In 2010, the Illinois General Assembly passed a law requiring budget priorities to be justified each year according to merit rather than the amount appropriated the preceding year. This performance-based budgeting system—Budgeting for Results (BFR)—assesses each program’s impact and helps policymakers allocate resources based on how well the initiatives achieve their intended goals and objectives. BFR aims to move the state budget process toward measuring government programs within a set of statewide priority outcomes, which can then inform investment decisions to optimize achievement of those desired outcomes.
The BFR framework encompasses a comprehensive assessment of public programs. Its infrastructure enables Illinois to collect performance data from over 70 state agencies, universities, boards, and commissions. It helps policymakers look at traditional outcome measures, research and evaluation findings, and cost-benefit ratios, all of which are used to inform the budget process.
This information is collected and analyzed using three key tools:
During fiscal year 2018, the Budgeting for Results Commission, which oversees the BFR process, successfully piloted the assessment framework on Illinois’ adult criminal justice services. First, the commission worked with the Corrections Department to compile an inventory of currently funded programs intended to reduce recidivism among state prison inmates. The inventory helped state officials refine performance measures for each, as documented in IPRS, and ensured that they accurately reflected statewide outcomes.
Then, using the Results First Clearinghouse Database, which compiles information on program effectiveness from nine national research clearinghouses, BFR staff matched the interventions identified in the inventory with similar approaches that have been shown through rigorous research to reduce recidivism. They conducted cost-benefit analyses to quantify anticipated returns from the state investment in six initiatives that matched those proved effective.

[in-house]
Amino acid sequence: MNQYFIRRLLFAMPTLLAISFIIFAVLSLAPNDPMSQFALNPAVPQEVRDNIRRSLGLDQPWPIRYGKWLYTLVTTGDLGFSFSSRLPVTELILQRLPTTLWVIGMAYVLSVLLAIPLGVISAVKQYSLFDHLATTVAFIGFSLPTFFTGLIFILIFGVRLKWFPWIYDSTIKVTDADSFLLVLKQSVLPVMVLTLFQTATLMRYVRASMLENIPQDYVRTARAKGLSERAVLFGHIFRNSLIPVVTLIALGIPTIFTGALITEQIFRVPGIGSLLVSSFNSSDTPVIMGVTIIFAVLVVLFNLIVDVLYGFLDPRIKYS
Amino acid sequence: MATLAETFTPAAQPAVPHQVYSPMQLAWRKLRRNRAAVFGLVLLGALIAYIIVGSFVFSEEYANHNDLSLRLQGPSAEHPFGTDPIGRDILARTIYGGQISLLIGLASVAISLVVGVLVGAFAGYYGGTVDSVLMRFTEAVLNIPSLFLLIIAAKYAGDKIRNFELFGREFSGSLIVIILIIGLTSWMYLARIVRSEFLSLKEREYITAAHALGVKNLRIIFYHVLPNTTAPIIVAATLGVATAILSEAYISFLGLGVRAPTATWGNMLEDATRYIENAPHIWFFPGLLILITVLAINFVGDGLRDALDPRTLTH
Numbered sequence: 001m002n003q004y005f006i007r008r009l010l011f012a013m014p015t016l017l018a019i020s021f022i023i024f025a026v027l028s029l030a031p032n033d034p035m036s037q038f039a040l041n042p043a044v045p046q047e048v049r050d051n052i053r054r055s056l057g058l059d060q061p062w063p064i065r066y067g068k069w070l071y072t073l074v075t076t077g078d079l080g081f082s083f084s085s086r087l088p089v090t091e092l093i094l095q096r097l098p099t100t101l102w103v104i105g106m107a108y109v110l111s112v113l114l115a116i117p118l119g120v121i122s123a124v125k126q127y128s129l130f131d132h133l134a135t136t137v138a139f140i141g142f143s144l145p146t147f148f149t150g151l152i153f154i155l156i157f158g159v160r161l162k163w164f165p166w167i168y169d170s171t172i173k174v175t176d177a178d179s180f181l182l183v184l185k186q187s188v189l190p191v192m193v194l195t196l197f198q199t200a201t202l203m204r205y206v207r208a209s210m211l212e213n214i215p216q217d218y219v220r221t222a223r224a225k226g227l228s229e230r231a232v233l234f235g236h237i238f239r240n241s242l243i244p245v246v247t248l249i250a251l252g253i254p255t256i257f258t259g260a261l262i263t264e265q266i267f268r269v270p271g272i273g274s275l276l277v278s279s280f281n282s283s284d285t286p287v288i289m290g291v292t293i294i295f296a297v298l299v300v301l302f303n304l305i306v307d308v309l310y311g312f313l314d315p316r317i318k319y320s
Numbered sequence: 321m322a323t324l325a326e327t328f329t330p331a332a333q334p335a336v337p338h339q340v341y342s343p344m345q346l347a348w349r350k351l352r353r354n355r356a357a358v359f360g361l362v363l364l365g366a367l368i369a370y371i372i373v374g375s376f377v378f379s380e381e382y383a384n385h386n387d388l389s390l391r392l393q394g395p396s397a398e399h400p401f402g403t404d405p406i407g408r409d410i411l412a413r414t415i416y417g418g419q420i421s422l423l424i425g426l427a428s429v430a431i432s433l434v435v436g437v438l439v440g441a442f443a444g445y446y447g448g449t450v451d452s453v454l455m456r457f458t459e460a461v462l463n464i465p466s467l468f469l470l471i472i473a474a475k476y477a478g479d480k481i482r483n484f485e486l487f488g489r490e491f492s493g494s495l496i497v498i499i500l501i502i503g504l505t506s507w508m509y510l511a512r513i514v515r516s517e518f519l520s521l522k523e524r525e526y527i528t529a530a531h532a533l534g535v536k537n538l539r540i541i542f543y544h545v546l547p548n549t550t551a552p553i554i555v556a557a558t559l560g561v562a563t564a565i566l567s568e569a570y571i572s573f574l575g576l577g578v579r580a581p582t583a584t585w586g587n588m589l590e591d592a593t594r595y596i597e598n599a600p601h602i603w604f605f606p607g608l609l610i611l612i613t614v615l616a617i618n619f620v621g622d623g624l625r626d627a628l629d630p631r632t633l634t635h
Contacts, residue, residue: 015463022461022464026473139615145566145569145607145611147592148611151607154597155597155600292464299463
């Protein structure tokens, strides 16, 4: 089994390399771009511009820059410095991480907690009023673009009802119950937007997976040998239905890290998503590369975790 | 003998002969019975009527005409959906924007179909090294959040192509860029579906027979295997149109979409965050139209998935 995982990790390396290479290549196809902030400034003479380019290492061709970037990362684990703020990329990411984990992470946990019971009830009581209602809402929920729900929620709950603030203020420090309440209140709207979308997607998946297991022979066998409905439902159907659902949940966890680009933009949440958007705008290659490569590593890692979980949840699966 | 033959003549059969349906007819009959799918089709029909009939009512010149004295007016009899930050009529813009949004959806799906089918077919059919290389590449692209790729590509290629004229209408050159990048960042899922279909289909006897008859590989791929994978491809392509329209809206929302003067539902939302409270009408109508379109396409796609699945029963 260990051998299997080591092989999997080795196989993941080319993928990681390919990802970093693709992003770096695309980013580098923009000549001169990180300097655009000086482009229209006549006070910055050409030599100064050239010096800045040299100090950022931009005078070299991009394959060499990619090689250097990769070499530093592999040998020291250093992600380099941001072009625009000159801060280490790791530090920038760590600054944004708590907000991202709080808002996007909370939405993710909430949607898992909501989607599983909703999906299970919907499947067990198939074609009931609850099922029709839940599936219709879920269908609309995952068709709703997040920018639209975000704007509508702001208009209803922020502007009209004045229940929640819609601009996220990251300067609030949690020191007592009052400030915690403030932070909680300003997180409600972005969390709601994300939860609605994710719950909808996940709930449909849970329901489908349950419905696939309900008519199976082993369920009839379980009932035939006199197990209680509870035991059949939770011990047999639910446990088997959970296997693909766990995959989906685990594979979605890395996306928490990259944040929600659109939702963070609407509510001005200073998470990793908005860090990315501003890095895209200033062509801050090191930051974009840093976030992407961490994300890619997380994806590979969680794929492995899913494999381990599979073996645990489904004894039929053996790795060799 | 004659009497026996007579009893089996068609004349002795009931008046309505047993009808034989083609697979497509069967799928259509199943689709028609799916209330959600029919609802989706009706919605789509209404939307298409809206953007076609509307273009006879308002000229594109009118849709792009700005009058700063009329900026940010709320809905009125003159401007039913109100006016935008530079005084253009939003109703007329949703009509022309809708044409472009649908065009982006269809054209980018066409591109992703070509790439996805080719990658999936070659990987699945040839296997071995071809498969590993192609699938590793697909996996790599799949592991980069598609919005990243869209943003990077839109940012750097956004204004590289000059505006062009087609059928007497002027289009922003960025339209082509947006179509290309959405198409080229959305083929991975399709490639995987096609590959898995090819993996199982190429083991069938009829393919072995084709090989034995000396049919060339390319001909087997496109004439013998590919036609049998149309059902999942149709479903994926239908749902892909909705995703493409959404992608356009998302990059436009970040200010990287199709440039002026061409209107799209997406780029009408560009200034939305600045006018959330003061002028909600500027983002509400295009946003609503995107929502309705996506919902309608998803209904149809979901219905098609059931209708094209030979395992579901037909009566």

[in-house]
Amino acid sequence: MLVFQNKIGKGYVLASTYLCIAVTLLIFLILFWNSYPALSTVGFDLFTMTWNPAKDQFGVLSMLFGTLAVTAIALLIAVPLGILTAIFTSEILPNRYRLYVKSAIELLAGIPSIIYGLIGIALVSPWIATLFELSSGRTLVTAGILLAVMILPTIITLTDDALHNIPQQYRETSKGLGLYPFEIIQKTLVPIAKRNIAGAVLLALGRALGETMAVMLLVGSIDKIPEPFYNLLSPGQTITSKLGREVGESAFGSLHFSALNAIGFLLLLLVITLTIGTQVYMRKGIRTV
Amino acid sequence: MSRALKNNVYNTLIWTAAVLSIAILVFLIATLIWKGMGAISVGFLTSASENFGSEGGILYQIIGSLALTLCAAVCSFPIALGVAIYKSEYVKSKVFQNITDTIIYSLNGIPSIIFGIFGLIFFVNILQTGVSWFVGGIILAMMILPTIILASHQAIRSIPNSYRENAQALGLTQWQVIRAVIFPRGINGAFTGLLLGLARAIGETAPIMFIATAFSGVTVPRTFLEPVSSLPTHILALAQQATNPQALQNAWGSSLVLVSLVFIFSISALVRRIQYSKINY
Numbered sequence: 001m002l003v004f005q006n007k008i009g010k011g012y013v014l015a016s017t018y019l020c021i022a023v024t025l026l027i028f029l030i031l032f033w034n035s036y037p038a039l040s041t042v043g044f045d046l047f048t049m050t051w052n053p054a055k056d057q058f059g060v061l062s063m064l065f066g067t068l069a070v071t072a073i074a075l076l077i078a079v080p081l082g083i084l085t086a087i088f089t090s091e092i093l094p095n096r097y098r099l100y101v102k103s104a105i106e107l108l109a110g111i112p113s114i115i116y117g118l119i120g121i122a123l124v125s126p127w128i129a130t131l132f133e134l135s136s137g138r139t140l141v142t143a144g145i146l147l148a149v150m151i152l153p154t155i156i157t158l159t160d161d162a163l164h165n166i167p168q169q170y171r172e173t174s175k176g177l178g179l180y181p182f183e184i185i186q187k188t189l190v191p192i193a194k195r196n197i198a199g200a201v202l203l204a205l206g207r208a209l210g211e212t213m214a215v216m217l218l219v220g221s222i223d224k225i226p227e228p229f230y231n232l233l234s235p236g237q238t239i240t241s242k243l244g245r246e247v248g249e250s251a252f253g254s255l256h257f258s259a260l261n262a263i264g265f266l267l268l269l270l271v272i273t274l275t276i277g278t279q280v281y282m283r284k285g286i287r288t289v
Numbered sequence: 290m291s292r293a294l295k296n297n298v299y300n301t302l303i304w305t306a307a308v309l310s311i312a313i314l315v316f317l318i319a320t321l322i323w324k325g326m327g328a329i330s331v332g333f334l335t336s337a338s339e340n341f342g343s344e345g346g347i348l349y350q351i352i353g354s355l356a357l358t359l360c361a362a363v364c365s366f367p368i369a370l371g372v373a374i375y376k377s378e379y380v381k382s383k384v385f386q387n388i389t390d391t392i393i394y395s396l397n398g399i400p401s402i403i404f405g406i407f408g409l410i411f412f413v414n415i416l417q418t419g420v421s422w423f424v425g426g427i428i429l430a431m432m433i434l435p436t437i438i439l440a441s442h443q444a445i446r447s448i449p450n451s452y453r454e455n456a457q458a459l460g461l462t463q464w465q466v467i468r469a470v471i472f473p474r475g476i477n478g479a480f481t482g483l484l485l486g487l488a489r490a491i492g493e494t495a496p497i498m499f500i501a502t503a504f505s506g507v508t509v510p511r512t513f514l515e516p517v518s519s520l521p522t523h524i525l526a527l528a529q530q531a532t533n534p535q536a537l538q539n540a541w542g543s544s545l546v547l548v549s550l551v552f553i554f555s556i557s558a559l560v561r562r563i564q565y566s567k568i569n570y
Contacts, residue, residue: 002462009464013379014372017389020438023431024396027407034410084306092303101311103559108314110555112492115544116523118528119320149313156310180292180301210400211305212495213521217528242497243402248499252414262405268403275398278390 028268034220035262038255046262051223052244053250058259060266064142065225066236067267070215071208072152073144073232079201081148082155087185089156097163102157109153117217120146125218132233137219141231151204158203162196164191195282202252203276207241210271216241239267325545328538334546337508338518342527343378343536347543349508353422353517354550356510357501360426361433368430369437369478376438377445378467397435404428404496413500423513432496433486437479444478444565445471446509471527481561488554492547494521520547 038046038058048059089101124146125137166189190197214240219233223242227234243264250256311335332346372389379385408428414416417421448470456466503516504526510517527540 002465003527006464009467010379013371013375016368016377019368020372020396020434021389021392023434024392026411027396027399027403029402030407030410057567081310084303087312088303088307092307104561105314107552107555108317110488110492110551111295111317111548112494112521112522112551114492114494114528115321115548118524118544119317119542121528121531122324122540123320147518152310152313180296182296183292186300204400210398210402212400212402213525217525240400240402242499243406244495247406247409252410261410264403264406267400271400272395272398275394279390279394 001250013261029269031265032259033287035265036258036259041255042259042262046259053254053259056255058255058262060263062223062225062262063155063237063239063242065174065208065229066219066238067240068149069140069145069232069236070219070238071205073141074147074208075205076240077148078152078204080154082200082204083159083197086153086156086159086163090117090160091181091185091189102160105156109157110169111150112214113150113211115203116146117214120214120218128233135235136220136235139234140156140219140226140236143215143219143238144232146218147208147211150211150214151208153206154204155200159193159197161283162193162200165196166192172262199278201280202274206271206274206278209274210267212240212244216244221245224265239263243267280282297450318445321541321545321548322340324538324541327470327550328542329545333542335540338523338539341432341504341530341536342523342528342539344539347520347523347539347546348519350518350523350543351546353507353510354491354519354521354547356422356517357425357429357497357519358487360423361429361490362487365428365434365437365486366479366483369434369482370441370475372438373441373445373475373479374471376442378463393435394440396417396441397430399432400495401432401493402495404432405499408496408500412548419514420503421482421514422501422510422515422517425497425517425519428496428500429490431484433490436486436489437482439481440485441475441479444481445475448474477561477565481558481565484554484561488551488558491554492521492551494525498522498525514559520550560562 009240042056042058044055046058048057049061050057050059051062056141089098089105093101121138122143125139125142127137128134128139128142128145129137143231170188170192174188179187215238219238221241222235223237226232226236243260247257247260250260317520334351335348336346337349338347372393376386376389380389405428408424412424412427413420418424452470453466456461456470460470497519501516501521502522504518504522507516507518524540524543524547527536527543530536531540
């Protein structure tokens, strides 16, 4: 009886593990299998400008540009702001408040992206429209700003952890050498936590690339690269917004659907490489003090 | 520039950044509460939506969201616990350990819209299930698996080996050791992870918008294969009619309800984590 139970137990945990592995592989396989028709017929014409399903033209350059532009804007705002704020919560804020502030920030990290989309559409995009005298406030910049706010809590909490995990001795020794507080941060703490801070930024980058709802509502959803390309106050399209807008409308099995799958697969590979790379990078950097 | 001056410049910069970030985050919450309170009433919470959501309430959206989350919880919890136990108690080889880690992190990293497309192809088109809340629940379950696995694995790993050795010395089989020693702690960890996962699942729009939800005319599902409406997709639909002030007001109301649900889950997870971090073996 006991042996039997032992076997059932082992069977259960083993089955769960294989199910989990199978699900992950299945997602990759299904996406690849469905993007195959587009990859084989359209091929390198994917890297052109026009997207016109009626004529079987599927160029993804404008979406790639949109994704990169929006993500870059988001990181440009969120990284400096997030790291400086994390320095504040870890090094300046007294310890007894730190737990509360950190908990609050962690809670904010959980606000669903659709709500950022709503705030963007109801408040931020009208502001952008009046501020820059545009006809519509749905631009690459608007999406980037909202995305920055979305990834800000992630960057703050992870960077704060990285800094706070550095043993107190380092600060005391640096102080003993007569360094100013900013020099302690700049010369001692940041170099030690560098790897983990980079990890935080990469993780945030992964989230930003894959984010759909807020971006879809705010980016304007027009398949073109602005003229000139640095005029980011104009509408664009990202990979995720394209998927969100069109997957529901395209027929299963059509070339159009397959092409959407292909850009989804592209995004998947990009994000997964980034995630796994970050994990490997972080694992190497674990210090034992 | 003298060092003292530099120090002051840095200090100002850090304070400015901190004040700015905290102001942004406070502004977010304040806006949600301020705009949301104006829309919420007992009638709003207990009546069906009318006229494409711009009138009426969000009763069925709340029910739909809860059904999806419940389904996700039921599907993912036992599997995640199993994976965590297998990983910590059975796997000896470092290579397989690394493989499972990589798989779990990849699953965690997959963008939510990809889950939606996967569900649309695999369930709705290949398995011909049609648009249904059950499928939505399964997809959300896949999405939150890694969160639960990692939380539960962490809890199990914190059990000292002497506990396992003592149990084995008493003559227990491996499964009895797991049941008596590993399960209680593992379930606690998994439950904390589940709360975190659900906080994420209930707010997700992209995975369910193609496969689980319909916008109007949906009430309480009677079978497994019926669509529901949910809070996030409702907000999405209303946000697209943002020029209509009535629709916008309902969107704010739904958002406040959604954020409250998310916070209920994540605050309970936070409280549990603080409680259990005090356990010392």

Finally, to assess each program’s overall effectiveness, the commission used the SPART analyses, along with information collected in IPRS and the cost-benefit analyses. The SPART reviews focused on performance measures for the criminal justice programs, for example, looking at the number of people placed on electronic monitoring or the number of offenders eligible for educational programming, and how those factors affect efforts to reduce recidivism. Summarizing this information, assessment reports recommended setting more specific outcome-oriented, long-term goals, including targets and timelines. The pilot’s success led to the expansion of the framework into additional policy areas, such as youth criminal justice and substance abuse.
While the shift to the BFR approach has been incremental, Illinois has effectively standardized a system for public reporting and analyzing performance of over 400 statewide public programs in seven areas: education, economic development, public safety, human services, health care, environment and culture, and government services.
The framework and tools will continue to improve. Today, Illinois state leaders are positioned to use this critical assessment data to educate and inform the budget process. That knowledge can help policymakers put a priority on funding effective services and enable them to be responsible stewards of public resources.
Sara Dube is a director and Mariel McLeod is an associate with the Pew-MacArthur Results First Initiative.
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